What did you learn about yourself?

In this project, I really learned how to communicate. Having to involve so many people in the process at times was a pain, but I learned how to contact people that had skills that I needed, set up a coffee date, and come with an agenda so that I could use our time wisely. Having conversations on the phone has never been something that I have been awesome at, I’ve always opted for emails, but with this project I had to call many people and I had to learn how to become comfortable with that. I learned that I am a personable person and that I can adapt to different situations well. My experience with my first contact at Hope House going on maternity leave reinforced these skills. I’ve also had to learn how to recover from rejection which has opened my eyes to the fact that I am more resilient and stronger than I knew. It was a humbling experience to have your ideas turned down. It taught me to push through and keep my eye on my goals. Having to work with a team was a new challenge since I am usually one that likes to work on things alone. I do think it was definitely beneficial to have them helping me out and teaching me how to do new things.

How will earning your Gold Award impact you in the future?

Earning my Gold Award will impact my future because I will always be able to say that I accomplished my goal of completing it. I had so many bumps along the way that taught me how to deal with changes in plans. Knowing that I completed my project has boosted my self confidence in so many ways. It will also help me in the future with my communication skills. I hope to work in a field that involves a lot of vital communication and planning. Having completed this project, I can confidently say that those skills have grown exponentially.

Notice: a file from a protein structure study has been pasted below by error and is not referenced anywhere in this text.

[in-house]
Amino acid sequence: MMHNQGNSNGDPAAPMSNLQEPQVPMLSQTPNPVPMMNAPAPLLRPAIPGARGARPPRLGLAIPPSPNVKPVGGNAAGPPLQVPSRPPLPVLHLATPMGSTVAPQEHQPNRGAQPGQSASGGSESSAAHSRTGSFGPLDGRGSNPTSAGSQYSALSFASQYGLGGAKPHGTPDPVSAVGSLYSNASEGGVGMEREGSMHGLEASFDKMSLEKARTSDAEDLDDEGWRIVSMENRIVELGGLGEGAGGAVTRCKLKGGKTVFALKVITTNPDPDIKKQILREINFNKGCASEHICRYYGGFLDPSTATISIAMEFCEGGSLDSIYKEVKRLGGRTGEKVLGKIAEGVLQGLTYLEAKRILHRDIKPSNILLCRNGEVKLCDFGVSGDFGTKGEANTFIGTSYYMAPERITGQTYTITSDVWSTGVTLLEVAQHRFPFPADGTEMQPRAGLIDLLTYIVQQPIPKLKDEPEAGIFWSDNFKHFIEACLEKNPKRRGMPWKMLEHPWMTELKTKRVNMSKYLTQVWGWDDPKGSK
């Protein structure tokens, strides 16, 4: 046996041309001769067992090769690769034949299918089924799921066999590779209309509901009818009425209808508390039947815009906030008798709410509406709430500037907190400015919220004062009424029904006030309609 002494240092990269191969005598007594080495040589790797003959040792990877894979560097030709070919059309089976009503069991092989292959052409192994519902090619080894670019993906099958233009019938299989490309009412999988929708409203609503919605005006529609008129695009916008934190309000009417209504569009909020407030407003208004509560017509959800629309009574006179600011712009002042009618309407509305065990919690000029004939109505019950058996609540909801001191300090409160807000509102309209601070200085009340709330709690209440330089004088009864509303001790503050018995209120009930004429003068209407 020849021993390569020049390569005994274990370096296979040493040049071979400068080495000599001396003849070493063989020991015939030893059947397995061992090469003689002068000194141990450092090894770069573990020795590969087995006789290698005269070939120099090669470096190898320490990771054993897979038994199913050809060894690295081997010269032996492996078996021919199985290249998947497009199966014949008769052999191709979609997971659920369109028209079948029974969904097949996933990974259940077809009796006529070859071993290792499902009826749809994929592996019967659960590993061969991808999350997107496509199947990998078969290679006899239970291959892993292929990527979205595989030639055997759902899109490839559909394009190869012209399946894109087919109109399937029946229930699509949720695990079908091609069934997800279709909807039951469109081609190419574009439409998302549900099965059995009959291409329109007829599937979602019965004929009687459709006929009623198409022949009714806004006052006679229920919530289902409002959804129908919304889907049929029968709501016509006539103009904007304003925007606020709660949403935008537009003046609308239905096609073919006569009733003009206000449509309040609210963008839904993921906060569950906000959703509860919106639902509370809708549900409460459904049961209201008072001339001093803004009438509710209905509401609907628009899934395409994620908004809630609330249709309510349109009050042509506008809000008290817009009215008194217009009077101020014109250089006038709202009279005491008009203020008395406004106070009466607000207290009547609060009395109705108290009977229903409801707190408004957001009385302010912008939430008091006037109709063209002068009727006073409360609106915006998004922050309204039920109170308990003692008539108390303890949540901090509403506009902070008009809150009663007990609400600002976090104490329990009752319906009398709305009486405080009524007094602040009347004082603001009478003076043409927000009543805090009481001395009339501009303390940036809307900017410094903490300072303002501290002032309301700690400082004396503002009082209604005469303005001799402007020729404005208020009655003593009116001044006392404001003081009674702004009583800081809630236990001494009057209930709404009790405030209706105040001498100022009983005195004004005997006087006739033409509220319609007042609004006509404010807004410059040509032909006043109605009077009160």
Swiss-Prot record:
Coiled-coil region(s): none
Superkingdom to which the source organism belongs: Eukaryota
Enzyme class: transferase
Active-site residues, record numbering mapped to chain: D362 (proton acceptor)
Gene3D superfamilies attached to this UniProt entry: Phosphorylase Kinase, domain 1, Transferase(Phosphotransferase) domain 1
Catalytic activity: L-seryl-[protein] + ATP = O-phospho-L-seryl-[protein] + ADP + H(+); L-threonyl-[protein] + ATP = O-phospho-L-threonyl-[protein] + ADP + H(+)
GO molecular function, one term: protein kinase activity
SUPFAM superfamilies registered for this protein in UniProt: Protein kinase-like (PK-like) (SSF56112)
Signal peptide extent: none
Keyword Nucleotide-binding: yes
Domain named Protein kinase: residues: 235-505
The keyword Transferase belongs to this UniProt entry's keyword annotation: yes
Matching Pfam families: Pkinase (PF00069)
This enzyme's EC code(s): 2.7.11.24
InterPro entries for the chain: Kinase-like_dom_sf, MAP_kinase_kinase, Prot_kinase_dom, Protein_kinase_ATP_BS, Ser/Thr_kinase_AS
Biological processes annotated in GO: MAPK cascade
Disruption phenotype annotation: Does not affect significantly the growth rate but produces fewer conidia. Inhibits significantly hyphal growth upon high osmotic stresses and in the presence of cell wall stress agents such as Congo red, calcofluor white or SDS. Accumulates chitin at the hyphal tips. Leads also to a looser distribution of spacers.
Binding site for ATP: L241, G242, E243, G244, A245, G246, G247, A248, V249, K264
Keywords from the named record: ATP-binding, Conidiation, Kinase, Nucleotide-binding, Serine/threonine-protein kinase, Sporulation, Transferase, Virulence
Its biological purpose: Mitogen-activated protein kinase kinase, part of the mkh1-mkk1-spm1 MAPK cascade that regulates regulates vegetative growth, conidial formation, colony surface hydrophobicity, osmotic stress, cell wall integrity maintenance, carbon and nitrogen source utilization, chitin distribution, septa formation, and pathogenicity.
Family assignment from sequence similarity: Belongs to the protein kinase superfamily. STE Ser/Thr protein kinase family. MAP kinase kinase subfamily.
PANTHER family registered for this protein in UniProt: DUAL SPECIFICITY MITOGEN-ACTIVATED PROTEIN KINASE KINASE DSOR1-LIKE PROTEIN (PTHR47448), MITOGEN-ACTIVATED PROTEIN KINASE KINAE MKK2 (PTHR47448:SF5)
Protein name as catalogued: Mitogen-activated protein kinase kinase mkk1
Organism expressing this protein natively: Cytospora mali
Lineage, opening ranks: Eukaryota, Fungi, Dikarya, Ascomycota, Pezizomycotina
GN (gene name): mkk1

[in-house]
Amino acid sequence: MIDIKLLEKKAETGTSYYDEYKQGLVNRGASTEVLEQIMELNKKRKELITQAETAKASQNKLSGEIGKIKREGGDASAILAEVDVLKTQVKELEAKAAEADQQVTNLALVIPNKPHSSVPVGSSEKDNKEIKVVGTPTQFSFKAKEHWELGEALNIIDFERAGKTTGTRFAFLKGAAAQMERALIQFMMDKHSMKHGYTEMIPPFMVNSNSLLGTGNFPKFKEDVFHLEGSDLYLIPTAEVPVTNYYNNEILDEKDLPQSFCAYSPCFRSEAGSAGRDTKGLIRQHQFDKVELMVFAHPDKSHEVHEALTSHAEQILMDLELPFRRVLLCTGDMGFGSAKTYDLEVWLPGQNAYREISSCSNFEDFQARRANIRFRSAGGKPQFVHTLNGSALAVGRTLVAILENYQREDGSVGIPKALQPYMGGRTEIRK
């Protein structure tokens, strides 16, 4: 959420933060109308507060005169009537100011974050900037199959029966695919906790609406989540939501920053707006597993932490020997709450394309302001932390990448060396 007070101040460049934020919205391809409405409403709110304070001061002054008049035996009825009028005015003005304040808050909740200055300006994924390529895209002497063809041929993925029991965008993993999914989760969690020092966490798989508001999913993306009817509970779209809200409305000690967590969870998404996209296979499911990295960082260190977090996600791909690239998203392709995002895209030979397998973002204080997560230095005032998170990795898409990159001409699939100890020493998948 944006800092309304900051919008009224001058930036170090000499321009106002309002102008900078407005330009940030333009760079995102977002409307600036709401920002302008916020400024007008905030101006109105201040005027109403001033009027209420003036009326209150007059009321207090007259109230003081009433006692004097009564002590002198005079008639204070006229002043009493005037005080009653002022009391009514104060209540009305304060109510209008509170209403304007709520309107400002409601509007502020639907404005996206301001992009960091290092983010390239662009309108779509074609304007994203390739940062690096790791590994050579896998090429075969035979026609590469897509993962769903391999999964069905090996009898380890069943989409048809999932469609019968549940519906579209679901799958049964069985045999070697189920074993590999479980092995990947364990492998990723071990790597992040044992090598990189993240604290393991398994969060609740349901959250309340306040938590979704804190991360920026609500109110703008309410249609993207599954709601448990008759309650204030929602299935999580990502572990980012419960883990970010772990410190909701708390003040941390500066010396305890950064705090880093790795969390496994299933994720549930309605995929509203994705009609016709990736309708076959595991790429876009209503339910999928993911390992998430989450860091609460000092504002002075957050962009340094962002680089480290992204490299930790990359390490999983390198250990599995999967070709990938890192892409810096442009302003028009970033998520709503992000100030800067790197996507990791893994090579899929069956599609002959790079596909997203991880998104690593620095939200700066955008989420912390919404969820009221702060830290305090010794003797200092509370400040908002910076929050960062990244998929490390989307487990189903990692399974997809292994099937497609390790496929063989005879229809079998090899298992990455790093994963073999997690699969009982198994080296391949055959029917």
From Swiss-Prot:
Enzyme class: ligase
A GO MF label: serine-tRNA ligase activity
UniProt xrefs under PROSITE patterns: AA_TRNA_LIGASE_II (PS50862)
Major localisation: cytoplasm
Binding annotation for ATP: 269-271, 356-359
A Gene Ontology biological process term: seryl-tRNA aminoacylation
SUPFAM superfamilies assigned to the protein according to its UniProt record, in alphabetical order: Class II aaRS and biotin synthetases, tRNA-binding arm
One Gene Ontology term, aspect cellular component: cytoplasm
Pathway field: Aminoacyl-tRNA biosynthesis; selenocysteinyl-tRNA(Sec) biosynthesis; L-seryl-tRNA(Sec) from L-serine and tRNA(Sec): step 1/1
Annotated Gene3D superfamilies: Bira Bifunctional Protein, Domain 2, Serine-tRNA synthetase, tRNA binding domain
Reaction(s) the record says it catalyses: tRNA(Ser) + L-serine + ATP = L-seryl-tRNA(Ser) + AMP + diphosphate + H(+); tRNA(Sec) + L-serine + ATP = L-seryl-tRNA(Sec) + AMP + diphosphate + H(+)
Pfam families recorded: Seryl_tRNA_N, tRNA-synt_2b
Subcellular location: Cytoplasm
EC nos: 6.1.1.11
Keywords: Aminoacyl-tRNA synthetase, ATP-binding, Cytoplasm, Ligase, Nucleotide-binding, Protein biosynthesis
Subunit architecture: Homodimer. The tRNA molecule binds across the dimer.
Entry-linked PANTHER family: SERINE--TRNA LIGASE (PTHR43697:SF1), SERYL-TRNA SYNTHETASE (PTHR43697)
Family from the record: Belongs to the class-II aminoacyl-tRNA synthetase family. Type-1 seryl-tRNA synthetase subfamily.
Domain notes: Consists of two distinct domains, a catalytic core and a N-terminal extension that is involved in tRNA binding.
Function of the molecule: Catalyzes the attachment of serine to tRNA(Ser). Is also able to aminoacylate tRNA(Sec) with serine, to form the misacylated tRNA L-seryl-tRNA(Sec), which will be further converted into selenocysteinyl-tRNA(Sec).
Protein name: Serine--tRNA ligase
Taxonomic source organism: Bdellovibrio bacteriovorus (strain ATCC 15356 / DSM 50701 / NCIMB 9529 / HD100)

Why do you feel the Gold Award was an important part of your Girl Scout experience?

I have been in Girl Scouts since I was five. I earned my Bronze and Silver Awards, so it felt natural to finish up strong. That wasn’t the easiest decision, but I have no regrets. It has helped to validate my being in Girl Scouts still. Most girls drop out after fourth grade, and at times I wondered what I was still doing here. But during my Gold process, I realized that my work in Girl Scouts was not finished yet and I still had an impact to be made.

How did earning your Gold Award help you become a G.I.R.L. (go-getter, innovator, risk-taker, leader)? 

Earning my Gold Award helped me to become a go-getter. I have always been a very driven person, but I felt pretty beat down for the first half of my project. I was honestly ready to quit multiple times, but I realized that I needed to finish my work with Girl Scouts for more than just myself. I also had to learn perseverance and how to become a go-getter while working with Hope House. Trying to bring a big team into a small non-profit is impossible, but by working with Girl Scouts and Hope House, we found a way to make it work.

**IMPORTANT NOTE: This blog represents only a small fraction of the hard work, dedication and requirements that go into earning a Girl Scout Gold Award. It is simply a brief summary, which is meant to inspire Girl Scouts to Go Gold in the future. For more information on earning your Gold Award, please email highestawards@gscolorado.org

A Girl Scout Memory for Edna “Skipper” Hollis

Submitted by Ann Thacker

Metro Denver

Lakewood

Remember the little women
in a one-room cabin
in winter
learning cooking
on a wood-burning stove?

Every morning
a sleepy Jill
would climb the hill
for buckets of well-water
to wash the fog
of dreaming
from her shining face —
And the days were full of discovery.

With ink of night
spilling across the sun,
the magic of snowdrift slides